CRT With magnetic shield

- Owens-Illinois, Inc.

A glass funnel for a cathode ray tube is formed by centrifically casting it in a rotating mold. Integrally formed lugs are formed on the interior wall of the funnel. The lugs vary in geometry and are utilized to position and attach a magnetic shield to the funnel. The funnel and its attached magnetic shield forms a subassembly that is independent of the remainder of the cathode ray tube components.A method is set forth for fabricating the funnel and the attached lugs by centrifugally spinning molten glass within a mold.

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This invention relates to cathode ray tubes, and in particular, it relates to a cathode ray tube for use with the reception of color television. Specifically, the invention relates to an improvement in the mounting of a magnetic shield supported entirely by the funnel portion of the cathode ray tube.

It is well known that cathode ray tubes, utilized as receivers for color television, are provided with magnetic shields for eliminating the effects upon the cathode ray tubes because of terrestrial magnetism and other spurious magnetic fields caused by the electric circuitry of the television receiver or other nearby electrical devices. It is also known that the strategic positioning of the magnetic shield within the funnel portion of the cathode ray tube makes the shielding effect greater. The magnetic shield positioned within the CRT envelope is generally referred to as an "internal magnetic shield" and heretofore has been anchored in position by attachment to the shadow mask or its mounting points.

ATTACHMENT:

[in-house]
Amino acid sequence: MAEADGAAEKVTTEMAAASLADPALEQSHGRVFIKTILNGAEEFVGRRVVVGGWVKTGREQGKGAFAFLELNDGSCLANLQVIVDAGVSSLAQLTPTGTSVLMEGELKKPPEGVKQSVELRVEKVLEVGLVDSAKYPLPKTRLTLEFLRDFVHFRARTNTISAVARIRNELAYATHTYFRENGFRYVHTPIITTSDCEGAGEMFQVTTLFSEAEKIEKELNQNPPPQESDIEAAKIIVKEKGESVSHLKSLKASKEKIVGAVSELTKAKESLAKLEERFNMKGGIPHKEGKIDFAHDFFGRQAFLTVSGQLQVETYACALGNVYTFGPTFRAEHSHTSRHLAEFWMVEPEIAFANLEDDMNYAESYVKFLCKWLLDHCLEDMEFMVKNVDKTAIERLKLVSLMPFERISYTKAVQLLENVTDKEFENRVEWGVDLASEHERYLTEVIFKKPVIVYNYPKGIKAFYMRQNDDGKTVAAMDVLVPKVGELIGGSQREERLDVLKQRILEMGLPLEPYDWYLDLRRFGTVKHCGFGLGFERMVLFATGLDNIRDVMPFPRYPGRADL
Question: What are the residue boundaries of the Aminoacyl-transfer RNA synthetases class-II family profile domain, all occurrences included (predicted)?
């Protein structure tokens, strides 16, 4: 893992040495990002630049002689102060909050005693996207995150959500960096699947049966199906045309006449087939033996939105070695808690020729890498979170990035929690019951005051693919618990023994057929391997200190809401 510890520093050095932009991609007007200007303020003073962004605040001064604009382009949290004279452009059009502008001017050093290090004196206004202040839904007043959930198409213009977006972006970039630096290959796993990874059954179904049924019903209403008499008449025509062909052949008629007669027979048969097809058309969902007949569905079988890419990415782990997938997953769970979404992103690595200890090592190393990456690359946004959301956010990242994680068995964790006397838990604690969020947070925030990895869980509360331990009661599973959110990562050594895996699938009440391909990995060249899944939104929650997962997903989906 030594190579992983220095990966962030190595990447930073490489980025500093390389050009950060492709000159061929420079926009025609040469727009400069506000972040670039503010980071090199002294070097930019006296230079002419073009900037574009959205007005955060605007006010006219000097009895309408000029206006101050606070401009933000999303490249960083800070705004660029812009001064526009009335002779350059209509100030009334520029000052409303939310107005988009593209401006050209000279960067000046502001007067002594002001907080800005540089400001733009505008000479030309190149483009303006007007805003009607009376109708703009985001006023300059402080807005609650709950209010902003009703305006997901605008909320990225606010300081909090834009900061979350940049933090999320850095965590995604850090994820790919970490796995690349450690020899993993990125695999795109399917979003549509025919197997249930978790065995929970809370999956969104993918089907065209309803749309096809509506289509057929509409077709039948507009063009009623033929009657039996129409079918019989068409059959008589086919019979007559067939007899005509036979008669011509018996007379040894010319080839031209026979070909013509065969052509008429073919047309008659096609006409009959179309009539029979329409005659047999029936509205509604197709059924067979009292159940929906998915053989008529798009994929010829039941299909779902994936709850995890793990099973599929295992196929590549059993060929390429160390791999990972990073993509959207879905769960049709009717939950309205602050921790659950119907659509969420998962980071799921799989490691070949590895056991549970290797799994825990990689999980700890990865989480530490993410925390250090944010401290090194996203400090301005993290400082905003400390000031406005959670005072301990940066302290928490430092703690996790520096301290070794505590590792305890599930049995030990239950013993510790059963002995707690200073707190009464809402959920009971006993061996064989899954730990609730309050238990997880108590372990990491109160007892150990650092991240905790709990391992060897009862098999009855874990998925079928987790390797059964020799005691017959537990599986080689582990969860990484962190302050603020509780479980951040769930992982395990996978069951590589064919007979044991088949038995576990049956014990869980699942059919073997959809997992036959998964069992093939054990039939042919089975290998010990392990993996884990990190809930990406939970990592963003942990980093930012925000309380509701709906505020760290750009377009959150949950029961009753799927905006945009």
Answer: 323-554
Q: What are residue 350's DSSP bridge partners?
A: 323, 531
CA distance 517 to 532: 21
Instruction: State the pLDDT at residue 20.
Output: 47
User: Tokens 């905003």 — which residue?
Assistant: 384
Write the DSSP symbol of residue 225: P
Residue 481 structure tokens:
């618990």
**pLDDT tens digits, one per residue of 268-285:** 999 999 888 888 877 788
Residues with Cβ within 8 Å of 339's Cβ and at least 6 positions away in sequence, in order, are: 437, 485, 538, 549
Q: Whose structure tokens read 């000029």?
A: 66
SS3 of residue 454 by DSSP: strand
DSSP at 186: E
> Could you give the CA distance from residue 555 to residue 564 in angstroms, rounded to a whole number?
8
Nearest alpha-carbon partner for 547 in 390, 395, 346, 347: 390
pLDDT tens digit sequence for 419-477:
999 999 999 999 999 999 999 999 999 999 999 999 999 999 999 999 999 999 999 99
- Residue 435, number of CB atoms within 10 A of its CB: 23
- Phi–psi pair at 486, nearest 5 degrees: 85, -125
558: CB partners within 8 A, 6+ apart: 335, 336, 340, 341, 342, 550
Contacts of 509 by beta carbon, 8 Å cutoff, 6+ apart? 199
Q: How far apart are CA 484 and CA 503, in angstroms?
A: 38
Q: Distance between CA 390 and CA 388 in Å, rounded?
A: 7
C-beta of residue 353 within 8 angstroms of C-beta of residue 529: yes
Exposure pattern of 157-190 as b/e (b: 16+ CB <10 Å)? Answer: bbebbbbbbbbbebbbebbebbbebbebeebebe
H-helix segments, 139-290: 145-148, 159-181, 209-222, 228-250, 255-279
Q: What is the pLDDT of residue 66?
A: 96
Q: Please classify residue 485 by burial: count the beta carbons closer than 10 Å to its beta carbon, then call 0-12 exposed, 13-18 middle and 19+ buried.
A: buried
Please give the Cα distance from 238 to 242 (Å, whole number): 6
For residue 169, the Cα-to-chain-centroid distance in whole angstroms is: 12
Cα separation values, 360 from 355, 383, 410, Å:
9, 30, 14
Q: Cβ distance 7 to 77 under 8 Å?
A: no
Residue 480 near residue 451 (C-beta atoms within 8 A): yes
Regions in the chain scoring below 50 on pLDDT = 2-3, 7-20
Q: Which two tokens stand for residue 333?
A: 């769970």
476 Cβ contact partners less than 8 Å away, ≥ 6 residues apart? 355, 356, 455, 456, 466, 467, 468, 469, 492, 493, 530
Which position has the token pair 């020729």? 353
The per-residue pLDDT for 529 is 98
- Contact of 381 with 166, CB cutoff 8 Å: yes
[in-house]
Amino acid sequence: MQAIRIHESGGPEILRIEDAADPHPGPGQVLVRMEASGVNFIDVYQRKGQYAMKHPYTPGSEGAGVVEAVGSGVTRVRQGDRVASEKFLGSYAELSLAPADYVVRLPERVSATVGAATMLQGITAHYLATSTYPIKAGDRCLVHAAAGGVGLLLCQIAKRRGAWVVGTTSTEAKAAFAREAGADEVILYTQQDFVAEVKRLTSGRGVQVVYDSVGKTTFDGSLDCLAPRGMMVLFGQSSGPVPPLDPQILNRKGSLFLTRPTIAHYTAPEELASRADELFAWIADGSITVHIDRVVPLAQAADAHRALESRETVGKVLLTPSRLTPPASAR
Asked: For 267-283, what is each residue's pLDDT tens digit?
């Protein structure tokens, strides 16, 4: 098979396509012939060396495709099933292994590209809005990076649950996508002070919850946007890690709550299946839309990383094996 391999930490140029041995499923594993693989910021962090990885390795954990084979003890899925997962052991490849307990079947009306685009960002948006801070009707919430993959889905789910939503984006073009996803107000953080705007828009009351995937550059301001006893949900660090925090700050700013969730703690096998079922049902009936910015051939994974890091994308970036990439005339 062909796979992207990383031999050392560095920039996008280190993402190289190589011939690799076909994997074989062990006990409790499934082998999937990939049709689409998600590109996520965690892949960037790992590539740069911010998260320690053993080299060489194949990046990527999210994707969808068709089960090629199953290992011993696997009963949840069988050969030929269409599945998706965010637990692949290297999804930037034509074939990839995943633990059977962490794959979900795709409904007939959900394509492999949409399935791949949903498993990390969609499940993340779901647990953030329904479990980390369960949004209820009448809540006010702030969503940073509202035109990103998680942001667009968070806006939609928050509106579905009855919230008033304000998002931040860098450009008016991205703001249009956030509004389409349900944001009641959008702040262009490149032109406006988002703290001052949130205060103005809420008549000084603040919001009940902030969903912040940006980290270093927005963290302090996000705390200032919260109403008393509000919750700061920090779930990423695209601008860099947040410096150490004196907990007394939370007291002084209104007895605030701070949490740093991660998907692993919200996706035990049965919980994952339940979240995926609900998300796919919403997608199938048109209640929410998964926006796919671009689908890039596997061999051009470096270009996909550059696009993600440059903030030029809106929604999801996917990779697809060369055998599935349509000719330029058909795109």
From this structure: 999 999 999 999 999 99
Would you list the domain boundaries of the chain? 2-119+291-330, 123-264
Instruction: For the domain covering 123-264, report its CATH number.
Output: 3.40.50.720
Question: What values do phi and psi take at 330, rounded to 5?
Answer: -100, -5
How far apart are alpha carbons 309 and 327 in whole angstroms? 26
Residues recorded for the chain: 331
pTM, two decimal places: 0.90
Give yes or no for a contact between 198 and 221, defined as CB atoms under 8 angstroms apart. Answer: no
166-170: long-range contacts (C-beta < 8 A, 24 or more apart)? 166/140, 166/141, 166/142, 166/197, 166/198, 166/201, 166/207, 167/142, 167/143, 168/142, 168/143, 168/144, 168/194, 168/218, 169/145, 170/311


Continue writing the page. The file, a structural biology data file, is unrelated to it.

However, particularly in cathode ray tubes for color reception, the magnetic shield becomes cumbersome to handle, install and properly align when it is cantilevered from mounting points on or near the shadow mask which is generally in close proximity to the interior surface of the CRT faceplate.

Thus, it is desirable to fix the position of the magnetic shield and install it independently of the faceplate and its associated shadow mask.


The prior art shows and describes magnetic shields which are mounted internally of the cathode ray tube envelope or bulb. U.S. Pat. No. 3,821,583 issued June 28, 1974 shows a magnetic shield that is mounted from lugs that are an integral part of the CRT funnel. In this patent the lugs project radially inward and are positioned generally perpendicular to the longitudinal axis of the overall CRT. While this particular patent states the lugs may be an integral part of the funnel, there is no practical way of producing the integral lugs and remain within the cost demands of a highly competitive product.